Edward O. Wilson, biology professor emeritus at Harvard, and author of some of the most insightful books I have ever read, wrote in USA Today (January 16th) that we should accept the fact that religion and science are irreconcilable. We should assign each its sphere of influence, and then find areas for mutual cooperation, such as preserving the environment. I think this is bad advice. To paraphrase Albert Einstein: science without religion is dangerous; religion without science is stupid.
When we had no science, religion passed as science, but once we invented science and the scientific method (“discoveries and the testing of discoveries” as Dr. Wilson puts it), religion became pseudo-science. The solution is not to indulge the pursuit of sacred nonsense, but for religious leaders to stand up and free religion from the need to be science at all.
Religion cannot defeat the truth of science; it can only ignore it. The refusal of the Church Fathers to look through Galileo’s telescope and see for themselves that the earth revolves around the sun rather than the sun revolving around the earth as the bible suggests, did not impact the solar system one bit. Religion can deny truth, even suppress truth, but it cannot make it less true.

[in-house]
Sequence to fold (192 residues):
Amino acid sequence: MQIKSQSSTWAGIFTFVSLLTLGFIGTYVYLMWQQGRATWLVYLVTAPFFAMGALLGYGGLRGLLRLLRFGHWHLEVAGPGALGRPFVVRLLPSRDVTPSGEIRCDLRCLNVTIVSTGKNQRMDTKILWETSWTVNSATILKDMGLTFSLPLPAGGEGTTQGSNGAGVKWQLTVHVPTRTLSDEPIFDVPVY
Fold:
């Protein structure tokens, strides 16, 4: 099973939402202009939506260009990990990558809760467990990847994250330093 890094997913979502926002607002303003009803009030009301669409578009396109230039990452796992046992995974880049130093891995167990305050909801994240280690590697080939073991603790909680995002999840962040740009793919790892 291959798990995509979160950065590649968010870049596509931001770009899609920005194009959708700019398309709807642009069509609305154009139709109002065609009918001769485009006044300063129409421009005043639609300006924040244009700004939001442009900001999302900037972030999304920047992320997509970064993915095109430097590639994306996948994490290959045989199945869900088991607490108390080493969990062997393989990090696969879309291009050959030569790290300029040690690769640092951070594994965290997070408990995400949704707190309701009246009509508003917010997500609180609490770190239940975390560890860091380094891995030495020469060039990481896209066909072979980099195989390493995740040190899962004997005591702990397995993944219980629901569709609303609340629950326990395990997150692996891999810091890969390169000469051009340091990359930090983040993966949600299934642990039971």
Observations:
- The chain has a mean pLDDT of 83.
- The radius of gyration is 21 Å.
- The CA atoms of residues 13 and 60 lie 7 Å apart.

Religion needs to embrace science, and to adapt its teachings to reflect the truths that science reveals. Such an embrace is the not the end of religion, but the liberation of it. Free from having to be science, religion can confront science with what science lacks: a moral and spiritual compass.
Science is amoral. It goes where the truth leads it. There is nothing in the scientific method that speaks to right or wrong, good or bad. There is nothing inherent in science that dreams of human holiness or posits the sacredness of life. This is the realm of religion, and it doesn’t need pseudo-science to do legitimize this realm.
Religion must challenge science the way the prophets challenged the priests and kings; it must speak ethical truth to power, and uphold a vision of humanity that places science in service to global justice, compassion, and humility.
As long as religion denies or competes with science, it is mired in defending its own ignorance, and cannot speak its truth. What we need are theologians rooted in science who can adjust theology to reflect reality even as they challenge science to serve humanity.
Tuesday, January 17, 2006
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